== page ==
A thousand protesters, among them activists from Hadash and the Communist Party of Israel, demonstrated outside Prime Minister Benjamin Netanyahu’s official residence in Jerusalem on Friday, July 17, demanding that he resign over the indictments against him on charges of corruption and breach of trust. It was the third such demonstration during the week at the intersection of Balfour and Gaza Street in the heart of west Jerusalem, where the Prime Minister’s Official Residence is located. The previous protest on Tuesday, July 14, attended by thousands of demonstrator, turned violent and 50 were arrested during clashes with police.
Last night, Saturday, July 18, the “Black Flag” movement held its regular weekly demonstrations since its founding last year to protest the continued premiership of the indicted far-right prime minister. For the third consecutive week, about 170 “Black Flag”-organized rallies took place across the country, involving thousands of protesters gathering at many of the country’s key overpasses and intersections, from Kiryat Shmona in the north to Eilat in the south. While all this was going on, in Tel Aviv hundreds of protesters gathered in Charles Clore Park near the city’s seafront to rail against the government’s mishandling of the economic aspects of the coronavirus crisis, linking this in large part to Netanyahu’s preoccupation with his legal problems.
Indeed, barring a last-minute COVID-19-related delay, this morning, Sunday, July 19, the country will once again witness a session of court in which its sitting prime minister is on trial for bribery. Just as the pending indictments and eventual trial against Netanyahu – now represented by Attorneys Amit Hadad and Yossi Segev – was a major cause of the 18-month electoral deadlock, the ongoing trial will cast a heavy pall over virtually all major governmental decisions for the foreseeable future.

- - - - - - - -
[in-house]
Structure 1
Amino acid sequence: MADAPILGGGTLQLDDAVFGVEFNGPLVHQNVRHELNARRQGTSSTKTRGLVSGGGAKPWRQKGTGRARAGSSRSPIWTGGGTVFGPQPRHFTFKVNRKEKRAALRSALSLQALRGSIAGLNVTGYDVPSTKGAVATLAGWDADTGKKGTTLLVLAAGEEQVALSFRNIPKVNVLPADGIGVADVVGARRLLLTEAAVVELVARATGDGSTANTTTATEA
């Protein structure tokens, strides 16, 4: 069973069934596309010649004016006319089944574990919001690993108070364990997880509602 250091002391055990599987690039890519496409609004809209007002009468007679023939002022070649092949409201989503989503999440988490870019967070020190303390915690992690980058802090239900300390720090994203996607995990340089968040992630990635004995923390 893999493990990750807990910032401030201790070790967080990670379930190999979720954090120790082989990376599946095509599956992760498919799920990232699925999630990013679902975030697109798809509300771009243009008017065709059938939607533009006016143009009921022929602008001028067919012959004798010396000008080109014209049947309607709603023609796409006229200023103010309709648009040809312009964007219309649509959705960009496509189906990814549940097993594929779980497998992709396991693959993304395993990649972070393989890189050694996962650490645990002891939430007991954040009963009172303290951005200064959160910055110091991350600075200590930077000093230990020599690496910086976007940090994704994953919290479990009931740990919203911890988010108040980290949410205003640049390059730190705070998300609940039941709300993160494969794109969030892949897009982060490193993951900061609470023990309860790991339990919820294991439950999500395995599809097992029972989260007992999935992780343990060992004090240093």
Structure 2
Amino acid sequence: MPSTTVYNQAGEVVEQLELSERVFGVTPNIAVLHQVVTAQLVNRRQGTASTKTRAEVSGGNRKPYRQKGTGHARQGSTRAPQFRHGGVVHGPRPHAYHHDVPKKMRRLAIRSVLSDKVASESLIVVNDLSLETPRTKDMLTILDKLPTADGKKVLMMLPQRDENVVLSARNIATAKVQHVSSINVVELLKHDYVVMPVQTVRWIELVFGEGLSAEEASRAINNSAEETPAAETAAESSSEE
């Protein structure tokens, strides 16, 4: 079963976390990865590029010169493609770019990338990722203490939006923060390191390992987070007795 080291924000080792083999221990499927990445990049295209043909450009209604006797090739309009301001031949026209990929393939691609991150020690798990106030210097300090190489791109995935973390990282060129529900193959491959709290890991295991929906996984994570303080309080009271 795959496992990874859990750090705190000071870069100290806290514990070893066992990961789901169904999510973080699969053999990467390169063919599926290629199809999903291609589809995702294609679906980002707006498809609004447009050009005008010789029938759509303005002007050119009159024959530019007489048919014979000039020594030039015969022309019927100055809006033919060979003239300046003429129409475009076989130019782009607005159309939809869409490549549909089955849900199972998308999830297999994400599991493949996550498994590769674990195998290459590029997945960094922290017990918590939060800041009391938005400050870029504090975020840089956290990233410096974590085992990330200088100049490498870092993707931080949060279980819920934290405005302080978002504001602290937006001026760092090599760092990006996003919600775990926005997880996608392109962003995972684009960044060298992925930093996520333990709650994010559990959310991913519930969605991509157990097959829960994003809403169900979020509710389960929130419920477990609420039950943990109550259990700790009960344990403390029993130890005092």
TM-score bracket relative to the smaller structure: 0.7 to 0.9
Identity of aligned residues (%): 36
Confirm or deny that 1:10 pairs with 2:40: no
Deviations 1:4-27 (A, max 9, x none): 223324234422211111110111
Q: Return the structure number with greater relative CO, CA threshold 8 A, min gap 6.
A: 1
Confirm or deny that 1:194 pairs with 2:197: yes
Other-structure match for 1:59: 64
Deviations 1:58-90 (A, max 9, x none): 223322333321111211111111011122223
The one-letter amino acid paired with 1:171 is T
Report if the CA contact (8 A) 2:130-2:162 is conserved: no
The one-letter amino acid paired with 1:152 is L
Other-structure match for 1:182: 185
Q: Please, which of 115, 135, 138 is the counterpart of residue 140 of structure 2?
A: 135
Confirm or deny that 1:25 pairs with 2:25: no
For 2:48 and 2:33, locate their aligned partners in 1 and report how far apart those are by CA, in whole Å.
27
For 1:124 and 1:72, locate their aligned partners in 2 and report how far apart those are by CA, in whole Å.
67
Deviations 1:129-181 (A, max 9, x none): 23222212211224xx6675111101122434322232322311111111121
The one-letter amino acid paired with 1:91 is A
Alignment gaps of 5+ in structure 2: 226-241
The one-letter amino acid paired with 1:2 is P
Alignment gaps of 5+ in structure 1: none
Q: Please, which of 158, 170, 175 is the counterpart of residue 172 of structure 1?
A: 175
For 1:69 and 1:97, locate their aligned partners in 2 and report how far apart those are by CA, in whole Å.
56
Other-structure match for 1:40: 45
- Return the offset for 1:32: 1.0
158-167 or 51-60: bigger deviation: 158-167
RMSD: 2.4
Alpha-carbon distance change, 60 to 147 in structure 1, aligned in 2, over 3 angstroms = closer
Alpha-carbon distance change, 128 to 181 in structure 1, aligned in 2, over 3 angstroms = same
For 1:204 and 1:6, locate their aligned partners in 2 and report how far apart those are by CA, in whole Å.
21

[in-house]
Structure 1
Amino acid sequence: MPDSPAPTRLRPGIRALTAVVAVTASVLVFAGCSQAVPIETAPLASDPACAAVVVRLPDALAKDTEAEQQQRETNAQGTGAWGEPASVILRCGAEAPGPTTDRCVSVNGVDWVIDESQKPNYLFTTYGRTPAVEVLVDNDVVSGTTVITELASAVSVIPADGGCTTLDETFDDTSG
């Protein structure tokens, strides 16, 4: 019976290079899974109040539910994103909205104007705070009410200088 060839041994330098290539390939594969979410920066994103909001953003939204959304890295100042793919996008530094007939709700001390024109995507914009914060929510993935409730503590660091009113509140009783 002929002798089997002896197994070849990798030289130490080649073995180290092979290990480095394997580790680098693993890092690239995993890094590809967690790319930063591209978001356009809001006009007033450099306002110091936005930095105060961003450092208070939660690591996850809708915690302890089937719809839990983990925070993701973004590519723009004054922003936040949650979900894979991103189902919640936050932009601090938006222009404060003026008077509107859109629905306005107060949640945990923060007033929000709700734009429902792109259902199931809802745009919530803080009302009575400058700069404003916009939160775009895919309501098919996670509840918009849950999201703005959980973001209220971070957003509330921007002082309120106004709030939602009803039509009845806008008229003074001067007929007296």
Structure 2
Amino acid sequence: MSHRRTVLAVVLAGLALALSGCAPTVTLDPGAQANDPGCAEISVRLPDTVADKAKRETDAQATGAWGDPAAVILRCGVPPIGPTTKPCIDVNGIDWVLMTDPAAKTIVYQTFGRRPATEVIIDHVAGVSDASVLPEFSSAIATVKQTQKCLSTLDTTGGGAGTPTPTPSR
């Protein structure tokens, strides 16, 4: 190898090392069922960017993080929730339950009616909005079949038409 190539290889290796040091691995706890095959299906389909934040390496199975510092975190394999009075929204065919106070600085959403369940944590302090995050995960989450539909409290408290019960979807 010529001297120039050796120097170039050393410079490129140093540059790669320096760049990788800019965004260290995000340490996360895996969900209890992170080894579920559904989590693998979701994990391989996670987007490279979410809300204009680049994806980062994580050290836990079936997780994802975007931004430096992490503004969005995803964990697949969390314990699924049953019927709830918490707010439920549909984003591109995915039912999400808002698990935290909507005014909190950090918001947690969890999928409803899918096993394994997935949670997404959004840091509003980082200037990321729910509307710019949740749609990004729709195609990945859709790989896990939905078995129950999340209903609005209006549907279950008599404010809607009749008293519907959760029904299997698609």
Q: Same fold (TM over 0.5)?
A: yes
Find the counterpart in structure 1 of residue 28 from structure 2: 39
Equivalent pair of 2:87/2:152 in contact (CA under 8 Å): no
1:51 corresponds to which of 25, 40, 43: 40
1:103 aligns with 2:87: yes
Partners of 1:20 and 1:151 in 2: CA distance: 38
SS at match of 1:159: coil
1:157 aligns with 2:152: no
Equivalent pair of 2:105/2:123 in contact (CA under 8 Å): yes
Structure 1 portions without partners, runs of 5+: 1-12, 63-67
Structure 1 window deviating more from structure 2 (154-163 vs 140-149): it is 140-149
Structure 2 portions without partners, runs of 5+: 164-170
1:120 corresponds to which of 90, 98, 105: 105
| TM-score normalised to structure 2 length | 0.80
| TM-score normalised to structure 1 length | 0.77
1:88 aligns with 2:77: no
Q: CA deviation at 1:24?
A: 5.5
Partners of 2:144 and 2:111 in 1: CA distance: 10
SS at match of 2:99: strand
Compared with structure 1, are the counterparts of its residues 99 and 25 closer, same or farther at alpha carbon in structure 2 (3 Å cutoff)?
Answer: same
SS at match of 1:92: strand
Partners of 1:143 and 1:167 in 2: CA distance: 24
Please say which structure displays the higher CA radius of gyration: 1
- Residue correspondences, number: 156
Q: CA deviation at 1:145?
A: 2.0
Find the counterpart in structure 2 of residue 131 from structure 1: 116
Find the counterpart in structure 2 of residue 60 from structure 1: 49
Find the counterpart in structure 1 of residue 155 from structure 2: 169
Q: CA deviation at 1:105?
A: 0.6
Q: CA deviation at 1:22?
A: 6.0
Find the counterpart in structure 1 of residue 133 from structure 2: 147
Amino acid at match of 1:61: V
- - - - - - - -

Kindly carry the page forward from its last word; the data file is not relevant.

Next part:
Today’s court session will resume from where the opening hearing on May 24 concluded, and is meant to be decisive in setting the schedule for when the Jerusalem District Court will begin hearing witnesses. While Netanyahu himself was by necessity physically present in court during the May 24 hearing so that he could personally respond to the indictment, today he is not required to attend the session, which is more about scheduling and the resolution of legal disputes between the prosecution and defense over evidence.
In May, Attorney Micha Fettman argued on Netanyahu’s behalf. However, last week Fettman, like a long list of earlier Netanyahu lawyers, quit the PM’s defense over disputes connected to his remuneration. The controversy over who, how and when attorney fees will be paid blew up after the State Comptroller Committee in charge of vetting gifts to public servants rejected Netanyahu’s request to be allowed to receive a donation of NIS 10 million from one of his tycoon allies, Spencer Partrich, a US citizen, to fund his defense.